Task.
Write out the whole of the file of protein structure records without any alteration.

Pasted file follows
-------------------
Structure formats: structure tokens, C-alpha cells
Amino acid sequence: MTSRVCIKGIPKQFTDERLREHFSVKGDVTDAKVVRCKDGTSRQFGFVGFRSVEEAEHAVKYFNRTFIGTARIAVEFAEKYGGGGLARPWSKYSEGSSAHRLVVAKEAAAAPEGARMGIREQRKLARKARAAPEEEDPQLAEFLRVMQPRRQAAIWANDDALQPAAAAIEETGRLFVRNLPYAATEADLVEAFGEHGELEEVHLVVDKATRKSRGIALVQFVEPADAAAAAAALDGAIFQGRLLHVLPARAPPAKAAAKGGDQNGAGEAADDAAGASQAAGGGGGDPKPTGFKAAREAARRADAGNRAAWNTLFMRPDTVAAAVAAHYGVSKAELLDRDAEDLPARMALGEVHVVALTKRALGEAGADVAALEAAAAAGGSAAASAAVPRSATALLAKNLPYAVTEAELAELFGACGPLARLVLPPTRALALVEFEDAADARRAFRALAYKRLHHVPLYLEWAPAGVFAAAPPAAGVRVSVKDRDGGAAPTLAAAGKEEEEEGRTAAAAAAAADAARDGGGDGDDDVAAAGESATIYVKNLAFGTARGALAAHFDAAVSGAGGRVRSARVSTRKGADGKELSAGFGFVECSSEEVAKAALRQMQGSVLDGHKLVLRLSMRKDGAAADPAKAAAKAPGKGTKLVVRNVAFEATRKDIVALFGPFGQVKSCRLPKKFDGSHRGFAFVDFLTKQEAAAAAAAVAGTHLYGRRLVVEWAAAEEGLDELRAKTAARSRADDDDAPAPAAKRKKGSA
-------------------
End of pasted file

Structure formats: structure tokens, C-alpha cells
Amino acid sequence: MTSRVCIKGIPKQFTDERLREHFSVKGDVTDAKVVRCKDGTSRQFGFVGFRSVEEAEHAVKYFNRTFIGTARIAVEFAEKYGGGGLARPWSKYSEGSSAHRLVVAKEAAAAPEGARMGIREQRKLARKARAAPEEEDPQLAEFLRVMQPRRQAAIWANDDALQPAAAAIEETGRLFVRNLPYAATEADLVEAFGEHGELEEVHLVVDKATRKSRGIALVQFVEPADAAAAAAALDGAIFQGRLLHVLPARAPPAKAAAKGGDQNGAGEAADDAAGASQAAGGGGGDPKPTGFKAAREAARRADAGNRAAWNTLFMRPDTVAAAVAAHYGVSKAELLDRDAEDLPARMALGEVHVVALTKRALGEAGADVAALEAAAAAGGSAAASAAVPRSATALLAKNLPYAVTEAELAELFGACGPLARLVLPPTRALALVEFEDAADARRAFRALAYKRLHHVPLYLEWAPAGVFAAAPPAAGVRVSVKDRDGGAAPTLAAAGKEEEEEGRTAAAAAAAADAARDGGGDGDDDVAAAGESATIYVKNLAFGTARGALAAHFDAAVSGAGGRVRSARVSTRKGADGKELSAGFGFVECSSEEVAKAALRQMQGSVLDGHKLVLRLSMRKDGAAADPAKAAAKAPGKGTKLVVRNVAFEATRKDIVALFGPFGQVKSCRLPKKFDGSHRGFAFVDFLTKQEAAAAAAAVAGTHLYGRRLVVEWAAAEEGLDELRAKTAARSRADDDDAPAPAAKRKKGSA